The Brooklyn with Green Chile

26 November 2017: Sometimes a burger is constructed with too much of a good thing. That was our assessment of the eponymous Groundstone burger (grass-fed beef topped with Gruyere cheese, caramelized onions, sautéed mushrooms, tomato, roasted garlic infused mayo, served on a Fano brioche bun). Though the sautéed mushrooms provide terrific umami (deep, dark, meaty intensity), the strong, pungent garlic mayo is the dominant flavor. That’s almost criminal considering the tender grass-fed beef; rich, sweet Gruyere and sweet caramelized onions. We scraped off some of the mayo and enjoyed it much more. Next time we’ll order this burger sans condiments.

3 December 2017: Nine pizzas grace the Groundstone menu. Available in ten- and eighteen-inch sizes, they’re not as waifishly thin as today’s fashionable pizzas nor are they thick, casserole-like slabs. If the Brooklyn (pepperoni, roasted garlic, mozzarella, fontina, garlic infused olive oil) is any indication, they’re more generously topped than the penurious pizzas on which it’s a challenge to find some of the named ingredients. That generosity applies as well to the cheese which drapes over the crust like a molten blanket. No matter which of the pizzas you order, it can be improved with green chile (which goes well with everything).

The Heisenburger

21 February 2018: Only my former history professor would believe Groundstone’s Heisenburger is named for Werner Heisenberg, a German physicist and catalyst behind the Nazi atomic bomb efforts. The rest of us know The Heisenburger, Groundstone’s version of a green chile cheeseburger, is named for the clandestine alias of Albuquerque’s favorite meth-maker Walter Hartwell “Walt” White, Sr. It’s not only “blue sky” which can manipulate the brain’s Limbic reward system. The Heisenburger (Akaushi beef topped with smoked Cheddar, Bueno green chile, applewood smoked bacon, onions, Bibb lettuce, tomato, green chile infused mayo on a Fano brioche bun) gets diners “high,” too. There are a lot of things going on in your mouth with this burger and all of them are delicious. The Bueno green chile and green chile-infused mayo aren’t especially piquant, but they go very well with all the other ingredients.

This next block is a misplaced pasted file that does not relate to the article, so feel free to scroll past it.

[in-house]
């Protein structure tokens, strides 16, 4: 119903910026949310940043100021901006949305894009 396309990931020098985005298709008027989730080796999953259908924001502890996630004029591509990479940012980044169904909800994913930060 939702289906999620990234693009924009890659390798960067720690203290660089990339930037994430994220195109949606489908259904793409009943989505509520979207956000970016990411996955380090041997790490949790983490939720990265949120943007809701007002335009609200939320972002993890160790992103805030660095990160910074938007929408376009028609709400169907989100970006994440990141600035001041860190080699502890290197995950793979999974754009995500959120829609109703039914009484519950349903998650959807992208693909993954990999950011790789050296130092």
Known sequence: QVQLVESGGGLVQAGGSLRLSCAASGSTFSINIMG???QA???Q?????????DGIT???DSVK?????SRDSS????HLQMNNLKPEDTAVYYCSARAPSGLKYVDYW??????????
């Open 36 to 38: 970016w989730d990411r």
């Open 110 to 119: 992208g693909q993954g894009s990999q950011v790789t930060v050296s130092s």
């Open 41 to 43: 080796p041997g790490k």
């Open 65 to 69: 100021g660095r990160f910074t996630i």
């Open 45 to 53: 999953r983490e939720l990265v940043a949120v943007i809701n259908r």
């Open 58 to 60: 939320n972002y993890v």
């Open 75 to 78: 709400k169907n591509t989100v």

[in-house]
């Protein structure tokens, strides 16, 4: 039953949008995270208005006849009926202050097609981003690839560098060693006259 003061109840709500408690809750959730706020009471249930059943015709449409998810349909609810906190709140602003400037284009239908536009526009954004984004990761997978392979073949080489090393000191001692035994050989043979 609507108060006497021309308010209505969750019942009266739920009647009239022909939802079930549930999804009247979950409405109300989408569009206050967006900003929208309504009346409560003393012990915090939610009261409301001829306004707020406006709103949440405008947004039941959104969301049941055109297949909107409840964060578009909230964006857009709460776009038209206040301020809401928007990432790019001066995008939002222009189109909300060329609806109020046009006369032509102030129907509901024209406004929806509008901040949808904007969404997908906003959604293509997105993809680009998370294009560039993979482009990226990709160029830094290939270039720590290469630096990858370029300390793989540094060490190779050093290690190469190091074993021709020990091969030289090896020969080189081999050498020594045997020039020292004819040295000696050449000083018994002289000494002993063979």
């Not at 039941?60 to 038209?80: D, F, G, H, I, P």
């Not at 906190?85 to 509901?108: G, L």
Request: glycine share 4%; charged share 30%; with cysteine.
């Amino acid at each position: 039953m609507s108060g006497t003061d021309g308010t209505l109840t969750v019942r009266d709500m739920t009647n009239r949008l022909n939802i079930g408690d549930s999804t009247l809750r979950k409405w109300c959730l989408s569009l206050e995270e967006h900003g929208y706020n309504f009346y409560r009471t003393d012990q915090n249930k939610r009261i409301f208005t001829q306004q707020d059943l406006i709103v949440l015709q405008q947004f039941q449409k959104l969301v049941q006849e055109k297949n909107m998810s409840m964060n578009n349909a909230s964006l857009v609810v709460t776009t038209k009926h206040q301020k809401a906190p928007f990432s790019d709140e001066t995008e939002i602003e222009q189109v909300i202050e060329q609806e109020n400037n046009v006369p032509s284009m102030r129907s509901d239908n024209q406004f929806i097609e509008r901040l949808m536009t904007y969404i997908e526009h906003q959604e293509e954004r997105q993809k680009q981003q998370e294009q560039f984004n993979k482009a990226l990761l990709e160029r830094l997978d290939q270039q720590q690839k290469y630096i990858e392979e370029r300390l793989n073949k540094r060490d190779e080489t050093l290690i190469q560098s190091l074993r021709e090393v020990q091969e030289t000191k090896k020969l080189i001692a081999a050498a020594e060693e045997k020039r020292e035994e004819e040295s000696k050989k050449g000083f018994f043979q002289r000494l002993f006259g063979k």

21 February 2018: There’s only one problem with Groundstone’s specialty sandwich menu.  The first time you peruse it, you’ll want to order each of the six sumptuous sandwiches.  The second time you visit, you probably will order the sandwich with which you fell in love your previous visit.  That’s become Kim’s dilemma.  After enjoying the Groundfather (Genoa salami, pepperoni, prosciutto ham, mixed greens, pesto, marinara sauce and provolone cheese served on a Fano rustic ciabatta roll), she can’t wait to have it again.  If you didn’t already know how special Fano bread is, this sandwich will quickly show you.  It’s a perfect canvas with the perfect consistency for this sandwich–crusty on the outside and tender on the inside.  The combination of pesto and marinara sauce is a pleasant surprise; they don’t always work together well.  Then, of course, there are the meats and cheeses, an array of Italian delights.

The Groundfather